Some smart cookies

Sales mean profits, self-confidence for Girl Scouts


Doorbells likely will be ringing more often than usual in the next two weeks as local Girl Scouts take to the streets to sell their famous cookies.

The season for selling began Friday as local Girl Scouts received order forms and tips on sales strategies.

"They just have a really good time at it," Brownies Troop 52 leader Tylawn Smercina said.

The youths typically sell to friends and family members and may go door-to-door or solicit at businesses that allow it.

"If they have a 'no soliciting' sign up, you can't go up there," Smercina's daughter Tiawna, 8, said.

"Sometimes they like it. Sometimes they don't."

Second-year seller Katelyn Peroulis, 7, recommends the door-to-door method to those new to the program as she typically sells more that way.

She has a specific way to approach customers, as is encouraged by the troop leaders.

"We say our name and then we ask them, 'Would you like to buy some cookies?'" Peroulis said. "And then they would look at the sheet, and if they wanted to buy some, they would."

The cookies for sale this year include Thin Mints, Samoas (which are in their 30th year of sales), Trefoils, Do-Si-Dos, All Abouts, Tagalongs and reduced-fat Lemon Coolers.

The Double-Dutch Chocolate Chocolate Chip cookie also returns this year, but the girls seem particularly excited about a change to it.

"Now they're as soft as a brownie," Smercina's daughter explained. Last year, the cookies were crunchy.

Troop 52, along with some of the other six local groups, works toward incentives for sales, such as stuffed animals, pajama pants and beach towels, as voted on by the members.

A portion of the monies raised goes back to the troop. Twenty-five percent of each $3 box sale will profit the troop that sold it. The troops' money goes toward special trips and whatever else the members decide to spend it on.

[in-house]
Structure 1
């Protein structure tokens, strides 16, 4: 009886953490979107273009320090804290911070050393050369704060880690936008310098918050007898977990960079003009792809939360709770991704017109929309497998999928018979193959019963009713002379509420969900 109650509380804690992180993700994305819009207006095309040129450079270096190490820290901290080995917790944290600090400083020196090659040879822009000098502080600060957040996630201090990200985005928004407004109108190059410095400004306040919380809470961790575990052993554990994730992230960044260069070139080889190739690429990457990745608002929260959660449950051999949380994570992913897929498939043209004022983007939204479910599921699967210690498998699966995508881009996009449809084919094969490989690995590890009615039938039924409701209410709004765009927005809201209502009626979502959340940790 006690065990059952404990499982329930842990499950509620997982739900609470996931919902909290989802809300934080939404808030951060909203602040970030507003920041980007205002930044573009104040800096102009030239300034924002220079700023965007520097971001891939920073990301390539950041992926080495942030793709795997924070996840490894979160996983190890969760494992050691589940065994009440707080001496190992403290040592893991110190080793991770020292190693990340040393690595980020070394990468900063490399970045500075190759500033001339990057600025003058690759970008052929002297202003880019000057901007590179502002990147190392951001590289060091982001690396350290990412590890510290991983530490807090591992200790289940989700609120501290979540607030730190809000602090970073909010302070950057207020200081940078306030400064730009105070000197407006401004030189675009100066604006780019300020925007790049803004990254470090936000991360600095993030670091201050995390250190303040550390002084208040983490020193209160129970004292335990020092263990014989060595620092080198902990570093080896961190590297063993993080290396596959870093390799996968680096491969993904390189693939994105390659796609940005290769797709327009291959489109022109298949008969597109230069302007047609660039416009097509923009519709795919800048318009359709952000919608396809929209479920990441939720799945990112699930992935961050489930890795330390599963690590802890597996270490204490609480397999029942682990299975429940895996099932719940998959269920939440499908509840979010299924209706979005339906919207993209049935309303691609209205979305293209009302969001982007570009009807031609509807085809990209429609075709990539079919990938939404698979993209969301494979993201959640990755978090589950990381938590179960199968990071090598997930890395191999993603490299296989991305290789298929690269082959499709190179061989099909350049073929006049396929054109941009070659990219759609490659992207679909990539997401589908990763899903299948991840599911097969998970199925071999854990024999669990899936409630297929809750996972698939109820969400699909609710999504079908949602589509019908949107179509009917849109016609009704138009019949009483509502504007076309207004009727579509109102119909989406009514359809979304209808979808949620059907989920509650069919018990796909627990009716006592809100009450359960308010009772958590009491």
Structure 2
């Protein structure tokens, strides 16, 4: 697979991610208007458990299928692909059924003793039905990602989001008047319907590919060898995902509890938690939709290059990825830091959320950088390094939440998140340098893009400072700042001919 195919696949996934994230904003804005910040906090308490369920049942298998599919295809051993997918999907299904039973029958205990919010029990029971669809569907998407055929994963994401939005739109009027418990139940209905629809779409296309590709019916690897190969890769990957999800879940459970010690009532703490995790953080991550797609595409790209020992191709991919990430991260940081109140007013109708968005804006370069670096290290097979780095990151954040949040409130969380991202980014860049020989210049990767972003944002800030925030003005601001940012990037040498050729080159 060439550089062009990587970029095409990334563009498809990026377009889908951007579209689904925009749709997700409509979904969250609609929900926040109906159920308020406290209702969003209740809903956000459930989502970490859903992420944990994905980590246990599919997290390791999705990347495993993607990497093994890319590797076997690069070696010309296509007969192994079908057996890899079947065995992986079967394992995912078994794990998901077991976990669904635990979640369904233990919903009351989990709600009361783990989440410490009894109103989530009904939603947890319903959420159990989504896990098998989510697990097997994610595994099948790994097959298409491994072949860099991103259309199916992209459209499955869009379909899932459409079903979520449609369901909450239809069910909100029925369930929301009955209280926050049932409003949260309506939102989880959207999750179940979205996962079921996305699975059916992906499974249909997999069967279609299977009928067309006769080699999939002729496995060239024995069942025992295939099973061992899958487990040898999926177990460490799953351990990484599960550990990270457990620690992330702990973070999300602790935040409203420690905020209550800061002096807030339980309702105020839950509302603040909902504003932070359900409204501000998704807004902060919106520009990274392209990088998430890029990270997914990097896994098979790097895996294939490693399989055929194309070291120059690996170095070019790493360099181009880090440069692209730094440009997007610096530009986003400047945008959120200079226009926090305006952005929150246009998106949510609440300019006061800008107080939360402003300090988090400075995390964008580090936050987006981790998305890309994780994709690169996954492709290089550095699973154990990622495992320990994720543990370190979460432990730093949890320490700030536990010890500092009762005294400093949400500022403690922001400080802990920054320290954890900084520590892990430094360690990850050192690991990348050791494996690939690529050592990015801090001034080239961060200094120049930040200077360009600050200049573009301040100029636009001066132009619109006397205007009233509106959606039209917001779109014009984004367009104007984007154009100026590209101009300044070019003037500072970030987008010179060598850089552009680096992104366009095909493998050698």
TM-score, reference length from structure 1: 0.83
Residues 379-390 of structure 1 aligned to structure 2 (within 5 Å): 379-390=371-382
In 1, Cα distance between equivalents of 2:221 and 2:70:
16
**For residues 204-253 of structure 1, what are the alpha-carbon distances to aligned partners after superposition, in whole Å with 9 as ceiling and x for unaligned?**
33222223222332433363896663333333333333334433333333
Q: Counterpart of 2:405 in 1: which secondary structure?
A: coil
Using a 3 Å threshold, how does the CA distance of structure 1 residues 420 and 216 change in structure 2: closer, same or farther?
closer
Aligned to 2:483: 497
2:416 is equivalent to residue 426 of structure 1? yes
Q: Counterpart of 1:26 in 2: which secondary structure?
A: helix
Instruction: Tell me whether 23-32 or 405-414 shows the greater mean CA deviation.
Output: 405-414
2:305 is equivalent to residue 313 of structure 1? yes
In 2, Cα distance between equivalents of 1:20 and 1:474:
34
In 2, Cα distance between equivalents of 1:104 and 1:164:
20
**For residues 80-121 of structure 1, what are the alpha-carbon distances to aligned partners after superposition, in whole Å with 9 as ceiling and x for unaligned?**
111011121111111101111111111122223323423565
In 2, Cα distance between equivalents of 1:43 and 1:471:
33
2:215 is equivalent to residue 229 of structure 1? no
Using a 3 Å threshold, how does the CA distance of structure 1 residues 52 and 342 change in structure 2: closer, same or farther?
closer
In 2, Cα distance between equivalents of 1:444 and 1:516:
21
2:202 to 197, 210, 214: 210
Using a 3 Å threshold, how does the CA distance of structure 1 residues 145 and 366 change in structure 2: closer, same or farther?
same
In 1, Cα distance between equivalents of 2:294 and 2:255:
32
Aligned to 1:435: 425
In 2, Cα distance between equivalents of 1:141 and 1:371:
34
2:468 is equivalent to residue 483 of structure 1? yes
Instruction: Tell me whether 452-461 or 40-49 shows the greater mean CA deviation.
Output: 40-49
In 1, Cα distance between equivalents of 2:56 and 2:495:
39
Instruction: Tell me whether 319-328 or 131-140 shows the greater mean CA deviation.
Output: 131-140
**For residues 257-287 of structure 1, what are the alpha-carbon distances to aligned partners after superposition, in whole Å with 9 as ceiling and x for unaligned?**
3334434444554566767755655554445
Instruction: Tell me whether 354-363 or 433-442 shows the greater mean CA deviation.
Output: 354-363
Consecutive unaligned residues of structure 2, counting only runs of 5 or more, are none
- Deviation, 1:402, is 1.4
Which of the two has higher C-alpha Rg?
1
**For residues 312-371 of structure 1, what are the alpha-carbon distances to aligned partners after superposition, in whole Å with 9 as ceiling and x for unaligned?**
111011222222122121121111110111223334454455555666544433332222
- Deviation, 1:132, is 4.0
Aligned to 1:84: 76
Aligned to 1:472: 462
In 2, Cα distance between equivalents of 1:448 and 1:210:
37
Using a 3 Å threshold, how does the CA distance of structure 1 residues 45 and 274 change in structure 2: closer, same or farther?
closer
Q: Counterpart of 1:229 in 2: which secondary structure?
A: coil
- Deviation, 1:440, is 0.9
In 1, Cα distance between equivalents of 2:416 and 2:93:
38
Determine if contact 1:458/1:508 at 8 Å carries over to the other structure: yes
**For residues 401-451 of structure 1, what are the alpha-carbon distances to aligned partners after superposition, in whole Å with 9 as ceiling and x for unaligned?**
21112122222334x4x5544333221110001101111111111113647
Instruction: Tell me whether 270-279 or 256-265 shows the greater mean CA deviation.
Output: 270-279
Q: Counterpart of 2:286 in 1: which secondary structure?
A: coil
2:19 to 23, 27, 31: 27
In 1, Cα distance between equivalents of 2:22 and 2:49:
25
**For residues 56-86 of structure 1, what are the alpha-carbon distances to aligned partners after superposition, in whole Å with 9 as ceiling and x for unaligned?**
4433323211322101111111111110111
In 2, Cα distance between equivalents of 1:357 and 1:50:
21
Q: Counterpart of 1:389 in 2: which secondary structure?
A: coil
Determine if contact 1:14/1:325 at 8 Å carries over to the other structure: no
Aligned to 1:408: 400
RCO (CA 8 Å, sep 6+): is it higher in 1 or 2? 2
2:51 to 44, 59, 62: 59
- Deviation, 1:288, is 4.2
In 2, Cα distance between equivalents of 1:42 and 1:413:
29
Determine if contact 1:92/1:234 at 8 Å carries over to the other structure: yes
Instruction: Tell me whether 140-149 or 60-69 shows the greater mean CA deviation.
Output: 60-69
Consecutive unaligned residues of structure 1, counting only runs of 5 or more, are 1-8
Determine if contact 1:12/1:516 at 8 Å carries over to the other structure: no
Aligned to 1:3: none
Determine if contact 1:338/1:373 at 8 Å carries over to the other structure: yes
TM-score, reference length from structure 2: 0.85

The remaining monies go to Chipeta Council, which serves 13 counties on the Western Slope.

"Even if they got nothing out of it, they'd still be ecstatic," Smercina said. "They money is just an added bonus."

She stressed that the experiences the girls get out of selling are more important than anything else. Along with responsibility and money-handling skills, the girls come away with improved self-esteem.

"It brings the shyness out of the ones who are shy and makes the confident ones more confident," Smercina said.

Carol Wilson, product sale manager for the Craig service unit, agreed, saying the girls pick up many lessons as they sell.

"The little toy things are fun and it induces them to work toward a goal," she said. "But what they are really doing -- often without even knowing it -- is learning and practicing lifelong skills."

Elizabeth Tochtrop, 7, is focused on how fun cookies sales are. Her favorite part is visiting with her neighbors.

Local Girl Scouts will be selling cookies through Jan. 21, with delivery from Feb. 7 to 11. "Catch-up" forms will be available after the 21st, and troops will sell cookies at stores in February and early March.

Wilson is excited to see how the girls will do, especially with the double Dutch cookie.

"I think chocolate sells no matter what form its in," Wilson said.

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